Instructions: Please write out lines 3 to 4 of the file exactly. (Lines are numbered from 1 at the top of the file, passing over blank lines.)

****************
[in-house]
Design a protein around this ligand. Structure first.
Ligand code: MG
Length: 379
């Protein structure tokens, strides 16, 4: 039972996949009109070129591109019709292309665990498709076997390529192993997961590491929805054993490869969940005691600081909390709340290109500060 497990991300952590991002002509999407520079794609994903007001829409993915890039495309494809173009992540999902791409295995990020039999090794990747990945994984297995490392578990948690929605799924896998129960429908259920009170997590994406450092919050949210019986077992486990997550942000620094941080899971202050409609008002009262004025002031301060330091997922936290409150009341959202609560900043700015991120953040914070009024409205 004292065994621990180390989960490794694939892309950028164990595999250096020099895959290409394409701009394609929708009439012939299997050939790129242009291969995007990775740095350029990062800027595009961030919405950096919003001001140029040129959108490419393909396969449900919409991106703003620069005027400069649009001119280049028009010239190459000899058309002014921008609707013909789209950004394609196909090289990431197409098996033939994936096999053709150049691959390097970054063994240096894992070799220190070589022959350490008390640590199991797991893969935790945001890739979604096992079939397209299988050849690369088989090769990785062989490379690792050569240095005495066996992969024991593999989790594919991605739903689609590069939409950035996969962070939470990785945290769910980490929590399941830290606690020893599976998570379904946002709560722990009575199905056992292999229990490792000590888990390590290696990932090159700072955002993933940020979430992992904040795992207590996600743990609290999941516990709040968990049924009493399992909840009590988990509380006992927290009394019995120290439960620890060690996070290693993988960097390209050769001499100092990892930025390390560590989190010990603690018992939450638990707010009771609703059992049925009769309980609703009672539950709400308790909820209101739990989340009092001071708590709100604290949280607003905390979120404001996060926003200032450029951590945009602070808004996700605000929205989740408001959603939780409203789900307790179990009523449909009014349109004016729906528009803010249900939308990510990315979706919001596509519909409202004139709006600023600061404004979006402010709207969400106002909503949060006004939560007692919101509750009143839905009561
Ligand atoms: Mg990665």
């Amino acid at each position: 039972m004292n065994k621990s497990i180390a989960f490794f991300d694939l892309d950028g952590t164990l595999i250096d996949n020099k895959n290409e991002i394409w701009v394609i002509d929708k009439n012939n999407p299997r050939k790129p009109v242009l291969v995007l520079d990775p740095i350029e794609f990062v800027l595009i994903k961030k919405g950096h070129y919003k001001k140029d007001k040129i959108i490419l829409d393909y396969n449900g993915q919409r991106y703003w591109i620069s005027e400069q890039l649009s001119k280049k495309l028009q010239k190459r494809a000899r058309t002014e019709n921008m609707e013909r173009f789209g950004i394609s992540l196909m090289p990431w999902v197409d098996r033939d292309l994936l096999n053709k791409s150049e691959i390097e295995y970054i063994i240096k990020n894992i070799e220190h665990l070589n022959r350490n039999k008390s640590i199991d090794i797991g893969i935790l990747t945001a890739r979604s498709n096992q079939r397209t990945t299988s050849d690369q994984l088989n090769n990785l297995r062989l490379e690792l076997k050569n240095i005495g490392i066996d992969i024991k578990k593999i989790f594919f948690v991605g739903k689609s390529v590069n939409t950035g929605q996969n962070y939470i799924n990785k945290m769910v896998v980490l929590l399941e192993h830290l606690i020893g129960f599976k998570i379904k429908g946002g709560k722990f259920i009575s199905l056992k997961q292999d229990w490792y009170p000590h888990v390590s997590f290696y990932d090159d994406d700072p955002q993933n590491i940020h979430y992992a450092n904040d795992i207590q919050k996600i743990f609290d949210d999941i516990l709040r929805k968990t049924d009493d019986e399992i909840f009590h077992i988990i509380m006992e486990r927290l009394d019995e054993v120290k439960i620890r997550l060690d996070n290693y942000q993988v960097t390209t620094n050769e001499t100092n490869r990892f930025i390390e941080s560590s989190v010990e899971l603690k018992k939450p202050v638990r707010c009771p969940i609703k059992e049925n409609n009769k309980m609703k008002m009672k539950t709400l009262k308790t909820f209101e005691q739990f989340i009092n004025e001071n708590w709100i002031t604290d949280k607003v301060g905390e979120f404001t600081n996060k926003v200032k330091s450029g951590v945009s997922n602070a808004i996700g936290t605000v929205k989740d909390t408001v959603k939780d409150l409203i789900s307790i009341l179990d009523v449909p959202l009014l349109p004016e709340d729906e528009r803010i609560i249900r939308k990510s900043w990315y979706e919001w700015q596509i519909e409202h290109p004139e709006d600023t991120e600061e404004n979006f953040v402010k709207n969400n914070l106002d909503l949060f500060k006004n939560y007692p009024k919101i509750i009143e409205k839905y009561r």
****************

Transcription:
Ligand code: MG
Length: 379